Other studies assume complete information. Siegel[siegel09]
was probably the first who coined the term “all-pay contests”, where he analyzed closed-form player payoffs in equilibrium with complete information. Under a similar model, Xiao[xiao14asym] studied the problem of allocating more than one prizes to a number of winners and proposed an algorithm to construct the equilibrium. Franke et al.[franke13asym] aimed to maximize the revenue (which is part of the profit we study in this paper) through discriminating players by associating differentiated weights to players, assuming complete information is available.
Moreover, all the above studies presume fixed prizes.
In this paper, we allow for more generality by not assuming the availability of complete information and by accommodating multiple asymmetric players. Secondly, we empower the crowdsourcer to provision a tuple of individually different prize functions, in order to induce the highest possible profit. All these are clearly different from prior art.
Iii The Model
The overall problem setting is that a principal aims to crowdsource from heterogeneous agents for the maximal profit—total effort (revenue) minus prize (cost). In this paper, “effort” is a general term that can be interpreted according to different contexts; for example, it can refer to the quantity of tasks completed, the quality of solutions submitted[luo14secon], or a quality-modulated quantity of sensing data[luo13qcs].
We design this crowdsourcing campaign under an all-pay contest framework, in which all participating agents exert effort (which is irrevocable and will be sunk, i.e., “all-pay”, regardless of the outcome) in order to win some prize (i.e., as if in a “contest”). An agent is characterized by his type which is private information (e.g., skillfulness or competency): agent knows his own type but does not know any other . On the other hand, it is common knowledge that all the agent types are independently drawn from according to , respectively, where are the c.d.f. of and is a continuous and nonnegative support. This setting corresponds to an incomplete-information setting and, essentially, constitutes an asymmetric Bayesian game where the common prior consists of generally different distributions. Without loss of much generality, we assume that each is differentiable and the corresponding p.d.f. is continuous and positive over .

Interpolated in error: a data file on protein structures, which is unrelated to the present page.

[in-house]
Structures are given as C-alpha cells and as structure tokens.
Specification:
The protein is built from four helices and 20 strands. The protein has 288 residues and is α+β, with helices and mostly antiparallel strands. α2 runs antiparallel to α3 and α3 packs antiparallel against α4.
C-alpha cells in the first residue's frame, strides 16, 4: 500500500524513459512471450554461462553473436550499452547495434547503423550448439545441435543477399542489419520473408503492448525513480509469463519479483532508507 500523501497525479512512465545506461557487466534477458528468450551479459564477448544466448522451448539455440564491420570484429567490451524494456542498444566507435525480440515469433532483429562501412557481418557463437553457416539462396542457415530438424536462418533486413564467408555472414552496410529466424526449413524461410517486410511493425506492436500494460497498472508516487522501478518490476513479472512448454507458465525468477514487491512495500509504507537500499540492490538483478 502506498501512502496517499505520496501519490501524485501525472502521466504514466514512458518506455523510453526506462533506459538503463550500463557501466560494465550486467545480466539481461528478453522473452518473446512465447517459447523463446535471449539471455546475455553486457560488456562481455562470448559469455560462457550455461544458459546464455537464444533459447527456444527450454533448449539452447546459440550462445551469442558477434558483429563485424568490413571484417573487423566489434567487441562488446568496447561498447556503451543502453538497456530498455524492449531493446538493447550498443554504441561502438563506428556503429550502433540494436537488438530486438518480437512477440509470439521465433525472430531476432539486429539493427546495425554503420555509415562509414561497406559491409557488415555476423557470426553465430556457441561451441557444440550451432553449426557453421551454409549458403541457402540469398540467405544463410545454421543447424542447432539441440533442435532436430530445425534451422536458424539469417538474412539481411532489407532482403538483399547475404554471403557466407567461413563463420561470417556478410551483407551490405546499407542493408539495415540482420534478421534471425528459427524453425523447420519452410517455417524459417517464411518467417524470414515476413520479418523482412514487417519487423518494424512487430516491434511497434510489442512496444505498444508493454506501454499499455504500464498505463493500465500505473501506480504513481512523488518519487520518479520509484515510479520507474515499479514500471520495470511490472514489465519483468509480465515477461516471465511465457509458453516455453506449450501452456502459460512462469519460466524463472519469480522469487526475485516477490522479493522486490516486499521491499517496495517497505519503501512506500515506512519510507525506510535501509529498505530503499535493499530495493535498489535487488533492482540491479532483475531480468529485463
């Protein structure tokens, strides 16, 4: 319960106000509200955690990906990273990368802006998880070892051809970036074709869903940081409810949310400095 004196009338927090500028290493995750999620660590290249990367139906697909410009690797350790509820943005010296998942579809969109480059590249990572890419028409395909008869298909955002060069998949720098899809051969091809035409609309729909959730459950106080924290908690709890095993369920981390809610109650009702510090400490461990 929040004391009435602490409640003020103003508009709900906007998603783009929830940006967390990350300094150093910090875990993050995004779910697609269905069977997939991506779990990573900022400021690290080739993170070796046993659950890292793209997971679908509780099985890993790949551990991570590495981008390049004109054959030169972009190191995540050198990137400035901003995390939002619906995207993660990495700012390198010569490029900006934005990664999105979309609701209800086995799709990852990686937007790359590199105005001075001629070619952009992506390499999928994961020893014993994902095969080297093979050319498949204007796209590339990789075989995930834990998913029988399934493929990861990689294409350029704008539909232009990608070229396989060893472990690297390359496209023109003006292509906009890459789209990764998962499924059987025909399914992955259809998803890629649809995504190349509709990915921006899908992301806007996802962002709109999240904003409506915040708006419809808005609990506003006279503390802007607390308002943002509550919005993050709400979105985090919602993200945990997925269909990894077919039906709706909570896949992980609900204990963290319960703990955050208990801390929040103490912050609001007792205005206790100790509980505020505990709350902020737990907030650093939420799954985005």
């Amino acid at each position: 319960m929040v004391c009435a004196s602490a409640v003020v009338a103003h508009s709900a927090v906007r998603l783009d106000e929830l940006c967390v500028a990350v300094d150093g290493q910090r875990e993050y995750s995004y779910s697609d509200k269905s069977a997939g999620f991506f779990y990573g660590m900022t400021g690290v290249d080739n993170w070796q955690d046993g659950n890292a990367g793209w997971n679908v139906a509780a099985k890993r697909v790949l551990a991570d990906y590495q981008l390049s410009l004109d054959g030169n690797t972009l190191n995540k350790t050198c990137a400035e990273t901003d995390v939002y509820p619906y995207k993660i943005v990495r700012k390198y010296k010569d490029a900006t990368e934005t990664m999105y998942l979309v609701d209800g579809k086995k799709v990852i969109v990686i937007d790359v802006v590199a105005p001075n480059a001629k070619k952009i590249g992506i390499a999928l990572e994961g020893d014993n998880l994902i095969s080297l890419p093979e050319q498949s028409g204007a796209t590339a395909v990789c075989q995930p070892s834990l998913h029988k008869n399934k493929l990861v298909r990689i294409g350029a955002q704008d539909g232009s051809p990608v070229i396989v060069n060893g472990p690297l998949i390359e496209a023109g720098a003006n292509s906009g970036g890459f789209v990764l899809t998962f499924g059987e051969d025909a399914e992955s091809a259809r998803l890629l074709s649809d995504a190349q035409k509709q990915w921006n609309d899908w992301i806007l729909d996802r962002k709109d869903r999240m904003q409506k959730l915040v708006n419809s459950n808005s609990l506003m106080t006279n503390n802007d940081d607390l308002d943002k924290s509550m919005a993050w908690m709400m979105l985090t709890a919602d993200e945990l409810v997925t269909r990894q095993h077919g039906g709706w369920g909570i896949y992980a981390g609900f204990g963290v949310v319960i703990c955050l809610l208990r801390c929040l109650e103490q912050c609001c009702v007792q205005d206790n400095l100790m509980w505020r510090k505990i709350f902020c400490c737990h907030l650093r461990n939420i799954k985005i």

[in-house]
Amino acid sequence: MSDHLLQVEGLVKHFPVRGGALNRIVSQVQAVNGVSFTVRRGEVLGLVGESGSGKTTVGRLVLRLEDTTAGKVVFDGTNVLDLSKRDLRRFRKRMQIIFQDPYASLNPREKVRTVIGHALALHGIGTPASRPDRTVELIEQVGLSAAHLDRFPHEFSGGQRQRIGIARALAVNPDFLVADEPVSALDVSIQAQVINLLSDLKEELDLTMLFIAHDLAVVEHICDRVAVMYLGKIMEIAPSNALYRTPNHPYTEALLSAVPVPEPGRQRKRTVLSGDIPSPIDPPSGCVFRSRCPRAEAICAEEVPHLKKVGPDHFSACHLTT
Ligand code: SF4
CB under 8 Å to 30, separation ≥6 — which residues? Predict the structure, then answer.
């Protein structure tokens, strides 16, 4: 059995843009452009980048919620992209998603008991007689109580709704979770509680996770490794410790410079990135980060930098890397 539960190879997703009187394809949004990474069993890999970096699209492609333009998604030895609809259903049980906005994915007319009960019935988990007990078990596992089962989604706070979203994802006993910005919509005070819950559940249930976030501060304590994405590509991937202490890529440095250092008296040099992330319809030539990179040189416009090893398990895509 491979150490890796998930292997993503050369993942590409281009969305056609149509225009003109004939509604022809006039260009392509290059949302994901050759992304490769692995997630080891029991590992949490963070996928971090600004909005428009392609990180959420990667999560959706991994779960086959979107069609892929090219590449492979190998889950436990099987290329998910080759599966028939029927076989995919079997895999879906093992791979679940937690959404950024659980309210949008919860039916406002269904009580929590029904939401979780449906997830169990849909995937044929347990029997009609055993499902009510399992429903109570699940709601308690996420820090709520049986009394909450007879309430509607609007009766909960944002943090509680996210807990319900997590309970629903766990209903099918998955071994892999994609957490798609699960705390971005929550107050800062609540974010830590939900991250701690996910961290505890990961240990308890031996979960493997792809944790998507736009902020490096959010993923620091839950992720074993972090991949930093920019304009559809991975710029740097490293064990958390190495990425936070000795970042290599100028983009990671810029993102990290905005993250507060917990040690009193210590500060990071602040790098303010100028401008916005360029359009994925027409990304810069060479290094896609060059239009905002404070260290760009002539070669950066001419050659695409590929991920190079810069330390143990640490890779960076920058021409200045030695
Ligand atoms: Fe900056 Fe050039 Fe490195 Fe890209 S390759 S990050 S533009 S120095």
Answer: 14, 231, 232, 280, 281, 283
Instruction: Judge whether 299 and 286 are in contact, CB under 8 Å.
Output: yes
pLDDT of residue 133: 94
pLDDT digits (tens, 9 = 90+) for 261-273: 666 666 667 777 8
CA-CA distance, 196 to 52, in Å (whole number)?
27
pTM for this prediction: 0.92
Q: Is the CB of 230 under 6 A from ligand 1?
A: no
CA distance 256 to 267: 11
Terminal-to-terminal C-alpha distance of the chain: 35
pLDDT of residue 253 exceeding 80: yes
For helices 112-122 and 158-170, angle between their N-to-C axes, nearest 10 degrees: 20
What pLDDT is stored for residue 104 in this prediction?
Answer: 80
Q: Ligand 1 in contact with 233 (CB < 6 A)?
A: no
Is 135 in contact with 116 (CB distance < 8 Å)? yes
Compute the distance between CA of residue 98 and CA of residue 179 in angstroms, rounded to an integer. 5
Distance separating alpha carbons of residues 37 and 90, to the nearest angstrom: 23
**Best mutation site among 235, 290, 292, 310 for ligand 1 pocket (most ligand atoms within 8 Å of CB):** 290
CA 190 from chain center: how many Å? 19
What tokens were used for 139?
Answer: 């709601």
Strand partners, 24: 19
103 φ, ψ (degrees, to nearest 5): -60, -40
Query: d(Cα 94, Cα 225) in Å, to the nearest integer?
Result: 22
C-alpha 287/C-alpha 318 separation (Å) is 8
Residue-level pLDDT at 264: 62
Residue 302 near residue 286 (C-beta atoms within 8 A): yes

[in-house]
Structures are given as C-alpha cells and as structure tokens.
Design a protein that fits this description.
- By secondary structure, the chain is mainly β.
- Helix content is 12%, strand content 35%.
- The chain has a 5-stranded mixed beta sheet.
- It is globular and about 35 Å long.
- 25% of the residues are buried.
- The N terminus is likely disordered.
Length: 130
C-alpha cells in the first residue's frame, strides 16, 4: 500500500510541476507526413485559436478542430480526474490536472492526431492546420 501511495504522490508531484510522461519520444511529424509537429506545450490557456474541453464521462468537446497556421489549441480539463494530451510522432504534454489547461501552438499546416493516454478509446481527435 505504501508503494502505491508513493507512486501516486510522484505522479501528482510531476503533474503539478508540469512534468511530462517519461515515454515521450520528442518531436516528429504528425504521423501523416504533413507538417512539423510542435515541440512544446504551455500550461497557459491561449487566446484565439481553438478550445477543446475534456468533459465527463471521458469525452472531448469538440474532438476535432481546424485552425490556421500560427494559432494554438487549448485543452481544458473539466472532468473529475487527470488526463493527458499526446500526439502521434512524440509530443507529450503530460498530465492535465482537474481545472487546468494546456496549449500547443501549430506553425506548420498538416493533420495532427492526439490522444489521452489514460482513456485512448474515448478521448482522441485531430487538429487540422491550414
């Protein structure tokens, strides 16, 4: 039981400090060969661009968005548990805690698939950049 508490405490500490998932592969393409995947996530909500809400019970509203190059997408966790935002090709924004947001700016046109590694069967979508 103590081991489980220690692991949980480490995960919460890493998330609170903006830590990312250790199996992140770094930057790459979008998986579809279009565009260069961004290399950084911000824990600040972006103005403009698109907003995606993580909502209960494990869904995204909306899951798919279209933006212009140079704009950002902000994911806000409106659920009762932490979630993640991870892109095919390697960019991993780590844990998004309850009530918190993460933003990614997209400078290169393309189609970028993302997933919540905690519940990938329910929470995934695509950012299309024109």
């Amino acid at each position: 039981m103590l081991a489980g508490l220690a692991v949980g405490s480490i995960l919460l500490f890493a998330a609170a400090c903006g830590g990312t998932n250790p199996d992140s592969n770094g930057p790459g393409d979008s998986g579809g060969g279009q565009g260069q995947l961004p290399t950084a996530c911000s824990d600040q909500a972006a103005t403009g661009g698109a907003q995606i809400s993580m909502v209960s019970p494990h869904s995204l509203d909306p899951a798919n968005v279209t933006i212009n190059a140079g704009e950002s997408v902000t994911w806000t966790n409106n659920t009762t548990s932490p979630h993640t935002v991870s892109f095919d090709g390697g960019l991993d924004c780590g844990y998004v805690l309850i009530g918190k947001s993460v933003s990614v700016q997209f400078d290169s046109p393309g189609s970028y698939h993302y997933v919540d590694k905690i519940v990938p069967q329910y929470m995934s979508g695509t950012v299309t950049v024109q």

To provide incentive, the principal will reward the agent who exerts the highest effort, i.e., the “winner”, a prize. In this paper, we allow the prize to depend on the winner’s effort rather than fixing the prize ex ante. Furthermore, in view of the asymmetric agents, we provision the prize as a prize tuple , where is a prize function in agent ’s effort and takes effect when is the winner. This prize tuple is known to all the agents before the contest.
The value of a prize to an agent is characterized by a value function : an agent of type values a prize (the face value) to be of real worth to him. That is, agent values the prize he competes for to be of real value . An example of the value function is , meaning that an agent with higher ability can gain more benefit out of a prize; in fact, is a generalization of standard all-pay auctions where the fixed auctioned good is normalized and . With out loss of much generality, we assume that is differentiable with respect to .
Exerting effort incurs cost; an agent who exerts effort has to pay for his cost as per a payment function . We do not assume a specific form for or , thereby covering a broad class of auctions and contests.444For example, letting and yields standard all-pay auctions; letting and yields standard first-price auctions. Now we can formulate the expected utility of agent , as
where is the probability that agent wins the contest.
The principal aims to maximize his expected profit , defined as the total crowdsourced effort minus his prize payout, or formally,
is the winner’s index which is a random variable, andis the principal’s type (valuation of prize) which is common knowledge. In this profit formulation, the revenue is defined in terms of total effort, which covers data-gathering kinds of applications; it can also be defined in terms of the highest effort, which covers solution-eliciting kinds of applications, but the corresponding analysis completely parallels this paper.
Throughout, we follow the notation convention of , , and , for any differentiable function . We assume that the payment function is twice continuously differentiable, , which means higher effort, higher payment (cost); which means higher type (ability), lower payment; which means striving from higher effort levels is more costly than from lower effort levels, or conversely, the marginal output by adding effort is decreasing; finally, which means lower types are more vulnerable to the decreasing marginal output. We note that these assumptions are not restrictive.